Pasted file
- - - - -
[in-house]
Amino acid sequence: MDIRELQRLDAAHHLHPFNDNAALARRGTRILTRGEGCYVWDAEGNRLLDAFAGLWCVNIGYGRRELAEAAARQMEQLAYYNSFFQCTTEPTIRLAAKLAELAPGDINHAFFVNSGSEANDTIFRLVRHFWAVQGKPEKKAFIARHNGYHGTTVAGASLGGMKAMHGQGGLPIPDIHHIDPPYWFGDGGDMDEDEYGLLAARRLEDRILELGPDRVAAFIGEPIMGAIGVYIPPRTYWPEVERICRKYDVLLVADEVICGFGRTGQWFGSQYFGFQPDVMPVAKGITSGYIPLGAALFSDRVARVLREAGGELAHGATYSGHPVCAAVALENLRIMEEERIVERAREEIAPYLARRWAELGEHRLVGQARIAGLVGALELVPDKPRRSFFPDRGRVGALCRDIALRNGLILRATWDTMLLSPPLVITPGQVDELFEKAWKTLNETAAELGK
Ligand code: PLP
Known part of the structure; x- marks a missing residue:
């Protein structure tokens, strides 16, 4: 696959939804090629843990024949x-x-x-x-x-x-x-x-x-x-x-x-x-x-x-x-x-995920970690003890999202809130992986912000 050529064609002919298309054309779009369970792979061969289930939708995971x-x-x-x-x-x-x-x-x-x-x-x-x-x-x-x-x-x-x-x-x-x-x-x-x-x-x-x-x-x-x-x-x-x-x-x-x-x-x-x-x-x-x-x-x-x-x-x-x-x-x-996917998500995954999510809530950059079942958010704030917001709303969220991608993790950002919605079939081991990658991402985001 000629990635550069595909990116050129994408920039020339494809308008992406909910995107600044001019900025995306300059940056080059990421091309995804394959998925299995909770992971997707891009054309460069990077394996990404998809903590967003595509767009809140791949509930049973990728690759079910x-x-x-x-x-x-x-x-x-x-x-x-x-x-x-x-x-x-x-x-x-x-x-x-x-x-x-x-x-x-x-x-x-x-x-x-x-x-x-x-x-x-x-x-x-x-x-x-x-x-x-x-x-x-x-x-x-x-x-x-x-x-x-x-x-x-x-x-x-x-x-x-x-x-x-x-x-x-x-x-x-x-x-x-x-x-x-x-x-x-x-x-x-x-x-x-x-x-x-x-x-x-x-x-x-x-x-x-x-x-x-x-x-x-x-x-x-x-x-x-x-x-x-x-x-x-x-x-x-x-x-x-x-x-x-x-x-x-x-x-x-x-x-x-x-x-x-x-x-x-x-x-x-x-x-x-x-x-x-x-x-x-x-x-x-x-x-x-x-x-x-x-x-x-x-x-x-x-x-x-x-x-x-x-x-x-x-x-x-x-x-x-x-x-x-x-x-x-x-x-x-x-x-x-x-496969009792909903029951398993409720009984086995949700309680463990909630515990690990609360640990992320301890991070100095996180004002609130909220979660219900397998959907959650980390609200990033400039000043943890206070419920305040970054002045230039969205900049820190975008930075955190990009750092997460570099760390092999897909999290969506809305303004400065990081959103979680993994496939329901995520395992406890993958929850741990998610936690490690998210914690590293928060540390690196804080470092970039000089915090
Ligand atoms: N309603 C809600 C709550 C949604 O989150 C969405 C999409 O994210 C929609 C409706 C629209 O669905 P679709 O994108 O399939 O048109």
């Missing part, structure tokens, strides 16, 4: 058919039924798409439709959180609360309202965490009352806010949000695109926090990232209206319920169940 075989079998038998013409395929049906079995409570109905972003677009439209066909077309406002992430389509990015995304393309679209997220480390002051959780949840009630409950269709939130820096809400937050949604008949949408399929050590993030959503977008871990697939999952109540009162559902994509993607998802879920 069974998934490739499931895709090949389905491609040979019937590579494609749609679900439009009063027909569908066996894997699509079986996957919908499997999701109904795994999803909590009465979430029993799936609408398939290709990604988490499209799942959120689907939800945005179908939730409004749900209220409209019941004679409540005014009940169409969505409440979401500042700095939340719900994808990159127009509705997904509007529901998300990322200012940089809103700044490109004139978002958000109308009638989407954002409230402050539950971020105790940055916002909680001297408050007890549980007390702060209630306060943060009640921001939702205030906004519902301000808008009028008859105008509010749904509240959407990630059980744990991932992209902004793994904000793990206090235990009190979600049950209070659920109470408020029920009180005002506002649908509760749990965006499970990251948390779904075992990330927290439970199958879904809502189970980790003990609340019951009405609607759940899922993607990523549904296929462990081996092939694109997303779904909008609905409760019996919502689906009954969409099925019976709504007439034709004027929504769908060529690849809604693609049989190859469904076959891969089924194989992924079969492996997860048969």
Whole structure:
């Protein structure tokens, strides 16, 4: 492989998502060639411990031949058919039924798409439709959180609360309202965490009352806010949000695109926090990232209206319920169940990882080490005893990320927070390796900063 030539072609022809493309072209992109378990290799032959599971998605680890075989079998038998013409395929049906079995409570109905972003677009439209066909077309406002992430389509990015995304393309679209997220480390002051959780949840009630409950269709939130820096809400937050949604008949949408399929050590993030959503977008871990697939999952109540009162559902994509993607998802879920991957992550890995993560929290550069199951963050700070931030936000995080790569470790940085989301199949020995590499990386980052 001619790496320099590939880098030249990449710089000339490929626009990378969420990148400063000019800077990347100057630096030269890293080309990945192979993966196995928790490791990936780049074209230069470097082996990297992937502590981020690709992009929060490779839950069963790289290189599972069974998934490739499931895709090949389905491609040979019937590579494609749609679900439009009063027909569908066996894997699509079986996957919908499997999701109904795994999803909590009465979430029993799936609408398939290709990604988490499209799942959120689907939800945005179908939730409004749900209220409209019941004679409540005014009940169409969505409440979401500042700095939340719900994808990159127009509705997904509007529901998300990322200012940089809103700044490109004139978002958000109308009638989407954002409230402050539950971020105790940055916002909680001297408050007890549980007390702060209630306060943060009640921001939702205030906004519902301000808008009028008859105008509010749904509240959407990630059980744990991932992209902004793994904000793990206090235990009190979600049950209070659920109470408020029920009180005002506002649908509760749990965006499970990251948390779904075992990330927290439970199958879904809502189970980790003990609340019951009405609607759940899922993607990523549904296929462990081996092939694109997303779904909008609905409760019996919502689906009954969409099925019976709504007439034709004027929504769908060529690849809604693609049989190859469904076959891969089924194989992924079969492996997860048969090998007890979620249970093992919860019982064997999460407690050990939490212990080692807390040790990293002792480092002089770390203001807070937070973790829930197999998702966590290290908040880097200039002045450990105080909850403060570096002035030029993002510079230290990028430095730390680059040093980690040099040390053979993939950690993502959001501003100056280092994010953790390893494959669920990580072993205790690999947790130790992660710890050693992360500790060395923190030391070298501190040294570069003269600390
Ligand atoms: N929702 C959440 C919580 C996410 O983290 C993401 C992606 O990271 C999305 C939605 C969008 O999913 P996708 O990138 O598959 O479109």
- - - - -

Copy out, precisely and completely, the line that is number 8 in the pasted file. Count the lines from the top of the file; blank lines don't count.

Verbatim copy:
Whole structure: